WILLISAU, Switzerland – It would be a stretch to think the pint-sized Opel Adam could champion the automaker’s turnaround in Europe, but the plucky 2-door already has begun turning around notions of the 118-year-old General Motors subsidiary.

Opel desperately needs to change perceptions, too. A decade’s worth of financial losses put its products behind key rivals such as Volkswagen, and the brand grew stale and fell off the shopping lists of many Europeans, including native Germans.

GM finally said enough was enough and early last year revealed it would resuscitate Opel with a €4 billion ($5.2 billion) investment, an outlay funding 23 new products, 13 powertrains and a massive image makeover.

After a long string of year-over-year sales declines, Opel/Vauxhall deliveries in Europe and the U.K. last year flattened at 1.02 million units, according to WardsAuto data. That was well off the unit’s pre-recession annual totals but a sign the bleeding had stopped. The result included a modest market-share gain for Opel not witnessed in 14 years.

The Adam has been central to moving the Opel lodestone forward. Dealers have filled more than 80,000 orders for the car in one year on the market, but perhaps more importantly the car’s fun, quirky design and eye-popping color combinations paint the Opel brand in a much different light.

And the automaker has taken advantage of the car’s trendiness at every turn.

Earlier this year, the Adam gained headlines as the 3 millionth vehicle produced at Opel’s Eisenach plant when a flashy polar-white model with an Arden-blue roof rolled off the assembly line.

Opel also pairs the Adam in television advertisements with throngs of busy young hipsters, and Canadian rocker and photographer Bryan Adams, who lives in Berlin, recently composed a calendar portraying the car in variety of edgy images. Supermodel Claudia Schiffer is Opel’s new brand ambassador.

But does the Adam live up to the hype? Yes, for the most part.

We took delivery of a 2-tone Adam at Grimm Centre, a seller of Opel, Cadillac and select Chevrolet products, outside downtown Geneva. The 4-seater feels buttoned-up out of the gate. A 1.2L 4-cyl. gasoline engine mated to a tolerable 5-speed manual transmission gets the car jumping at moderate speeds, although it takes some revving.

Geneva traffic can rival other European cities, and we hit the streets during morning rush hour. But at a compact 146 ins. (3,700 mm) long and 68 ins. (1,720 mm) wide with lots of glass making for excellent sight lines, the Adam deftly negotiates the traffic and puts us on the E25 motorway frustration-free.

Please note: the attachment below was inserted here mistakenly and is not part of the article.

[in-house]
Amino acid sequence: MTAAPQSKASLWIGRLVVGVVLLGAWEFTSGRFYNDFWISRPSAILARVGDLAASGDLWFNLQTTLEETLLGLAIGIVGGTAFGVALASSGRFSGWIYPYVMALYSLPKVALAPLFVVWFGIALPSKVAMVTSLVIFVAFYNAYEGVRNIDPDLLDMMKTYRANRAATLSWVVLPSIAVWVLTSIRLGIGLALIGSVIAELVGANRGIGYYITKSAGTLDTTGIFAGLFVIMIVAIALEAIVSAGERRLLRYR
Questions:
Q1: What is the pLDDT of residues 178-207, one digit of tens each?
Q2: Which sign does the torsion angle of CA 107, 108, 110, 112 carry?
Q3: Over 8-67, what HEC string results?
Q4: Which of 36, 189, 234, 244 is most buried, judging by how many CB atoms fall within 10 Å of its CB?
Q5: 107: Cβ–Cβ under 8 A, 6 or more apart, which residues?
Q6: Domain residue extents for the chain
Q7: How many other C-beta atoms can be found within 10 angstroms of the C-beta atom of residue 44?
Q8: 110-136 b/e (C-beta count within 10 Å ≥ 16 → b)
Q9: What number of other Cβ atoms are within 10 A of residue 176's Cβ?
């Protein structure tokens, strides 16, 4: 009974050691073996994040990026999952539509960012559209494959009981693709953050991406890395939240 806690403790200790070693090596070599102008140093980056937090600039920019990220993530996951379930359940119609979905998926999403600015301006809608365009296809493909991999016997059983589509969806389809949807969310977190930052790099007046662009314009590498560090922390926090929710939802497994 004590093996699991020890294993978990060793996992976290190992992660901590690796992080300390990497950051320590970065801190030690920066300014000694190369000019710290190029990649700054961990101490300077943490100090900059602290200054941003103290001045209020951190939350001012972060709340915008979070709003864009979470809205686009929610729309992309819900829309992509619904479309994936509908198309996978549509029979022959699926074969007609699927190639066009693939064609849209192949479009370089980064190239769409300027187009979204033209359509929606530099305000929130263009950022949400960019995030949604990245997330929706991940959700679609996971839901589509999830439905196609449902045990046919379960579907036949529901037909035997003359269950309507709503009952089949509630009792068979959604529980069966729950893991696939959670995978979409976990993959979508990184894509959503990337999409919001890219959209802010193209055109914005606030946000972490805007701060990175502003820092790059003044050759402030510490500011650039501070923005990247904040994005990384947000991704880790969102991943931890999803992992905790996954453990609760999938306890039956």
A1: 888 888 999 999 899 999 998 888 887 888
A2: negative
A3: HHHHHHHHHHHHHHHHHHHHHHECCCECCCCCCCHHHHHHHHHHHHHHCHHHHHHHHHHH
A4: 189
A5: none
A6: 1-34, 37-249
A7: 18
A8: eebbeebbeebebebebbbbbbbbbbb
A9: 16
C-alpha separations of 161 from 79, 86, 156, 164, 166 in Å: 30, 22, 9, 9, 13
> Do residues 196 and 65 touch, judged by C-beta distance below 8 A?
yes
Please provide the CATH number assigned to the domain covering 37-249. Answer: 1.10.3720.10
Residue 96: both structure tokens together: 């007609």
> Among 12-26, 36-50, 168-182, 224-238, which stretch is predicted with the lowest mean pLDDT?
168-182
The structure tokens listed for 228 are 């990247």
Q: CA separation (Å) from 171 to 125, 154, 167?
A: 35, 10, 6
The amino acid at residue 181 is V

However, things get a bit dicey around 60 mph (100 km/h). Wind and tire noise noticeably increase, the reasonably good handling it exhibited in the city grows fuzzy and it takes a lot of clutch work to tackle the hilly countryside.

The buzzy power plant proves underpowered for highway travel, and fuel economy plunges trying to keep pace in the faster traffic.

Thankfully, that will change in the coming months as a range of more efficient and powerful gasoline engines roll out, beginning with a 1.0L 3-cyl. turbocharged unit shown at the recent Geneva auto show. A new 6-speed manual also will be available, and a sure-to-thrill 1.4L turbo will be available in a future Adam S model.

Fashionista on Four Wheels

The Adam also seems intimidatingly small on the highway, despite the high population of B- and C-segment cars on European roadways, evidence a minicar is a minicar wherever you might drive.

So in short, if regular cross-country jaunts are in the books, there might be wiser choices than the Adam, but few better for the city and probably none more fashionable.

Our tester was outfitted in bright yellow paint with a contrasting white roof and white exterior mirror caps. White wheels and a smiling white bar cutting across the grille give it a cheerful demeanor. Black trim at the base of the greenhouse gives the Adam’s roof a floating appearance.

The chrome Adam script at the base of the C-pillar is a notable detail, and an Opel “lightning” badge at the rear of the car doubles as an innovative hatch release.

Inside, the Adam we tested carried over exterior accents with attractive white stitching in the door panels and matching inserts to the dash, shift knob and parking brake. The rearview mirror also featured the same white housing and black “paint splash” motif as the exterior mirrors. There’s a good bit of front-row roominess.

A “starry night” roof panel steals the show, though. It’s a feature normally reserved for cars more expensive than one priced at €11,500 ($15,955) and gives the Adam’s interior a unique flair.

Second-row seating is unsurprisingly tight, but rear seatbacks flip and fold in a 50/50 split to open up a fair amount of cargo space.

The Adam’s award-winning infotainment system, which in other trim levels includes items such as a 7-in. (18-cm) touchscreen with navigation and access to Internet radio, paired easily to an iPod for crisp, clear driving music.

So while not altogether perfect, the Adam scores highly on a number of fronts, leaving no reason to expect its shortcomings will not improve right alongside Opel’s fortunes.

jamend@wardsauto.com

Opel Adam Specifications

Vehicle type Front-wheel-drive, 3-door, 4-passenger city car
Engine 1.2L 4-cyl. with stop/start
Power (SAE net) 70 hp
Torque 84 lb.-ft. (115 Nm)
Bore x stroke (mm) 73.4 x 72.6 mm
Compression ratio 10.5:1
Transmission 5-speed manual
Wheelbase 91 ins. (2,311 mm)
Overall length 146 ins. (3,698 mm)
Overall width 68 ins. (1,720 mm)
Overall height 58 ins. (1,484 mm)
Curb weight 2,894 lbs. (1,086 kg)
Base price $15,955 (€11,500)
Fuel economy Euro cycle 47 mpg (5.0 L/100 km)
Competition Fiat 500, Mini
Pros Cons
Head-turning design Underwhelming powertrain
An urban adventurer No X-Country traveler
Freshest Opel in years But enough to save brand?